A number of award-winning writers have called for a Peer to be reinstated as Honorary Vice-President of the Booker Prize after she was removed from her position following accusations of ‘transphobia’ and ‘homophobia’.
Baroness Nicholson of Winterbourne, whose late husband helped to found the literary prize, voted against same-sex marriage in 2013 and was accused of ‘misgendering’ a model who claims to be a woman.
Several female authors, including Susan Hill, a former judge of the award, have written a letter to Booker’s trustees, challenging them for participating in “cancel culture”. The letter has over 1,000 signatories.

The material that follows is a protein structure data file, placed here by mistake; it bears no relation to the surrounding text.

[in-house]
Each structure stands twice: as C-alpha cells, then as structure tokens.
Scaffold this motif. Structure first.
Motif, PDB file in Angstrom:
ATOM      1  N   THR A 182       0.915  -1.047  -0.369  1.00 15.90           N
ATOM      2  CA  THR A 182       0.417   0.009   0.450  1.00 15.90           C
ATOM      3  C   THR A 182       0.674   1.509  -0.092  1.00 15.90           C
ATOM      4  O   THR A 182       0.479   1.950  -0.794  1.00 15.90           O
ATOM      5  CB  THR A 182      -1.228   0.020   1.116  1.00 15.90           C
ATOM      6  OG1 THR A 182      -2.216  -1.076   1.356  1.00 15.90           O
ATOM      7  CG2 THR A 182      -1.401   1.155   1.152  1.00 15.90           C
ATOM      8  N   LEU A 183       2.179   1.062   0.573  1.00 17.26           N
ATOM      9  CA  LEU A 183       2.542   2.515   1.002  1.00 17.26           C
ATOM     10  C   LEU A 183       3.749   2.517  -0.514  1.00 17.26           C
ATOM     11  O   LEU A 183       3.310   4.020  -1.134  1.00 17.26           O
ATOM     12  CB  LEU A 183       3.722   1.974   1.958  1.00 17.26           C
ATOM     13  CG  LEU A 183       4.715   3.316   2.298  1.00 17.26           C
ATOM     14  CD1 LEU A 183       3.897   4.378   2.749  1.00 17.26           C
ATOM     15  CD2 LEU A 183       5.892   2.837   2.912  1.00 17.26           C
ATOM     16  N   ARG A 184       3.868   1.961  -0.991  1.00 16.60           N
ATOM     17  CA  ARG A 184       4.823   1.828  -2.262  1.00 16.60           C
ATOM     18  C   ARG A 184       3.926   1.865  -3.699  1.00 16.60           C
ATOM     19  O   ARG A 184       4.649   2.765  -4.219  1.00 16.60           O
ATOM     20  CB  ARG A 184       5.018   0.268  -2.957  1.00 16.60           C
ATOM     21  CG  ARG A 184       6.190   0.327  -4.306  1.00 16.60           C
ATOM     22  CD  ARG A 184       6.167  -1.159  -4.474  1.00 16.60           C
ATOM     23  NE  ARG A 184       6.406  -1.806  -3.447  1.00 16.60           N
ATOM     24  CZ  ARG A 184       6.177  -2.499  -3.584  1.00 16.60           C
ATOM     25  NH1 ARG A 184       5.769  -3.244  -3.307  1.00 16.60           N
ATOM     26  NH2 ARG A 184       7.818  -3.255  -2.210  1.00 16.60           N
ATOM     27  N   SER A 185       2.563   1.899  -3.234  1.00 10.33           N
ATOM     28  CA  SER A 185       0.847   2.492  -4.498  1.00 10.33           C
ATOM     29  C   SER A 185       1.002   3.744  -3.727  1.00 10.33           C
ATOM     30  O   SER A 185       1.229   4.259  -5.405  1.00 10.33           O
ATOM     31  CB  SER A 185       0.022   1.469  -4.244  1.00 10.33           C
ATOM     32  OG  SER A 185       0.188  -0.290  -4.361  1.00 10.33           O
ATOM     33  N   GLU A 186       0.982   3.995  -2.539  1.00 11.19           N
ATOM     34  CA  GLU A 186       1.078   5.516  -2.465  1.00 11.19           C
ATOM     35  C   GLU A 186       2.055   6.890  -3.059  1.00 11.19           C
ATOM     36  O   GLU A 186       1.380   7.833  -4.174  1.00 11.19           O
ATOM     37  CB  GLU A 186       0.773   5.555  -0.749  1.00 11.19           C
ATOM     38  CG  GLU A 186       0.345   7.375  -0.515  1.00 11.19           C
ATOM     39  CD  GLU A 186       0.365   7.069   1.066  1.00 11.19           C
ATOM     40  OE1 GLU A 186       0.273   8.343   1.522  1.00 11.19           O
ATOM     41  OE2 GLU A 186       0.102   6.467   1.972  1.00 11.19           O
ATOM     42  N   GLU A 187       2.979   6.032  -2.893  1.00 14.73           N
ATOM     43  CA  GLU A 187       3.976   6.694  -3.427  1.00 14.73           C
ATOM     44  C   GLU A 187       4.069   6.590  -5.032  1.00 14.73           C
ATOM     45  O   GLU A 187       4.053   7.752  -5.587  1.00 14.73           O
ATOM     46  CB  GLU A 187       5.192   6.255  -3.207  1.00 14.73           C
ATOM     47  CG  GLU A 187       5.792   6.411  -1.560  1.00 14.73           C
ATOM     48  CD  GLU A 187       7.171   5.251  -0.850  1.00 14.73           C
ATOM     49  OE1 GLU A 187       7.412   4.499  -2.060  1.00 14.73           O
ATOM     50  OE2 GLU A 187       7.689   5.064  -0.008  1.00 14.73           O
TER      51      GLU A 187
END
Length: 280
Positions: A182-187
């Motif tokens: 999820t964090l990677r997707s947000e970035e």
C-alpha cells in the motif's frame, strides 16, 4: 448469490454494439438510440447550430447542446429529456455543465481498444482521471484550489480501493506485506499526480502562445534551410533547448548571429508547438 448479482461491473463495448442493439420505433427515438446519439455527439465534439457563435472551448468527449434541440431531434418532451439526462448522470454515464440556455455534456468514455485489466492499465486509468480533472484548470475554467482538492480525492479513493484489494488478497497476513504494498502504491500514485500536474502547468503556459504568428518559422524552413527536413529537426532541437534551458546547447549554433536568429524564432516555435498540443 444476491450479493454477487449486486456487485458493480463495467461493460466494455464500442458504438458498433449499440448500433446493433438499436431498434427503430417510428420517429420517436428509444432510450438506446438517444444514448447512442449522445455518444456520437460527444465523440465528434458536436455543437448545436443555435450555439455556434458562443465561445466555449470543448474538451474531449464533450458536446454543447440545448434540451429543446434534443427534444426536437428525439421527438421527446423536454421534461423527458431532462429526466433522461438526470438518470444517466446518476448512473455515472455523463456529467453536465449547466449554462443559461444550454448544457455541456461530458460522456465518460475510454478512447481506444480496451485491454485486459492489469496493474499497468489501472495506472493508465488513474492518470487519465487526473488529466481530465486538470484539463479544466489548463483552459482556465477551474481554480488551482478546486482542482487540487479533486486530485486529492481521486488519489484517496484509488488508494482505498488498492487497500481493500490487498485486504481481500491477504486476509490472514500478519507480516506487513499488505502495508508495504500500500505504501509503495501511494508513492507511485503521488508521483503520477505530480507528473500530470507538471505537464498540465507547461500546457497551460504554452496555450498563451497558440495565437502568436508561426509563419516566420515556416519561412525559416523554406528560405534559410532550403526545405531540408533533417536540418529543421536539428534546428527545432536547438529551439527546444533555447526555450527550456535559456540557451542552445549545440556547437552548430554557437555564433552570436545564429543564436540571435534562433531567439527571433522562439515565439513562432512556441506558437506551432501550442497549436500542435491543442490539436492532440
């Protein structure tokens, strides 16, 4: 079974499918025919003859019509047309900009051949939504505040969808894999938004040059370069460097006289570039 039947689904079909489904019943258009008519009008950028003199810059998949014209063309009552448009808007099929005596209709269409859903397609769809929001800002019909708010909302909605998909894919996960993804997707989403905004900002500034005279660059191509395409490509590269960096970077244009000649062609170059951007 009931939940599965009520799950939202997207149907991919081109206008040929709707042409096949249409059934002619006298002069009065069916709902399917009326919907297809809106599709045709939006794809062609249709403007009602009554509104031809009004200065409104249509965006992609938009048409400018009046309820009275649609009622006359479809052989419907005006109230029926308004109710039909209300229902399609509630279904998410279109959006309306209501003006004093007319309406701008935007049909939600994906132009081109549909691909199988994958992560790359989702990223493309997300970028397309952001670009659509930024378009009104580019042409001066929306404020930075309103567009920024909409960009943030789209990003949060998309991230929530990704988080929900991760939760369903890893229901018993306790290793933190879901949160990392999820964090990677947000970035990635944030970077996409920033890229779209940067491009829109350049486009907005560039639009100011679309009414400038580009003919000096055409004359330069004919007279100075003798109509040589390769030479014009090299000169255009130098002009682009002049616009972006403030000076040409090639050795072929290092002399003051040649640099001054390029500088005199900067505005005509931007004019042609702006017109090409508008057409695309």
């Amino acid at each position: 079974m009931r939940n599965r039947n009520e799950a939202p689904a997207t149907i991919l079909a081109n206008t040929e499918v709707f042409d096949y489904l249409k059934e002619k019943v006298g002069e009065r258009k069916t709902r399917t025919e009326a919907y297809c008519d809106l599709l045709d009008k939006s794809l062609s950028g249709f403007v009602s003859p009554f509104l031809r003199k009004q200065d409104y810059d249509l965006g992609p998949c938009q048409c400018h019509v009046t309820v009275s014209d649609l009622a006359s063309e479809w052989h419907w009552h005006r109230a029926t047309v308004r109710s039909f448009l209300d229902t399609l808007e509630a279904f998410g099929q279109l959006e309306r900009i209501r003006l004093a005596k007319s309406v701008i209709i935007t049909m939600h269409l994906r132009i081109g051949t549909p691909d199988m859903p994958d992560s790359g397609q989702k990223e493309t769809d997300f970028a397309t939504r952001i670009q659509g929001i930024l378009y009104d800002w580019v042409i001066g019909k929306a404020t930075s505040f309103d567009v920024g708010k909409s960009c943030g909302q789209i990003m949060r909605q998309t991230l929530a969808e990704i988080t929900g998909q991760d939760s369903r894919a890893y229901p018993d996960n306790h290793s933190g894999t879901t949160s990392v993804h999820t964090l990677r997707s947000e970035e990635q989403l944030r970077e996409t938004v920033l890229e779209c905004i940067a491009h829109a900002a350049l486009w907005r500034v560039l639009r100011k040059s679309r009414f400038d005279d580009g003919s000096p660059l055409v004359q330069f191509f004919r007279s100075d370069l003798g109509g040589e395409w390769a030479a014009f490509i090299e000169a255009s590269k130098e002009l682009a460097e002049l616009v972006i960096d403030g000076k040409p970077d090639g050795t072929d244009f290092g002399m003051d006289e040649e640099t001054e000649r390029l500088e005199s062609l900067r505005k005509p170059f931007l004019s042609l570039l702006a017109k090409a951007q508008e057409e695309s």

The writers said they were “dismayed” at the Booker Prize’s treatment of “a respected figure with long-standing ties to the Prize”, by allowing Baroness Nicholson “to be pilloried for an historic position taken because of her religious beliefs”.
Free expression matters
They accused its trustees of “applying moral standards differently to different people” and also stated on Twitter: “Free expression matters. Women matter. Literature should be a place where ideas, and words, are free.”
A spokeswoman for the Booker Prize Foundation claimed that it was the Baroness’s views on biology that led to her removal, not her historic opposition to same-sex marriage.
Earlier this month, a bestselling children’s author was sacked after defending JK Rowling’s views on transgenderism.
Gillian Philip was removed from her role at Working Partners for adding the hashtag #IStandWithJKRowling to her Twitter handle.
The Harry Potter author has been repeatedly subjected to online abuse for criticising radical gender ideology.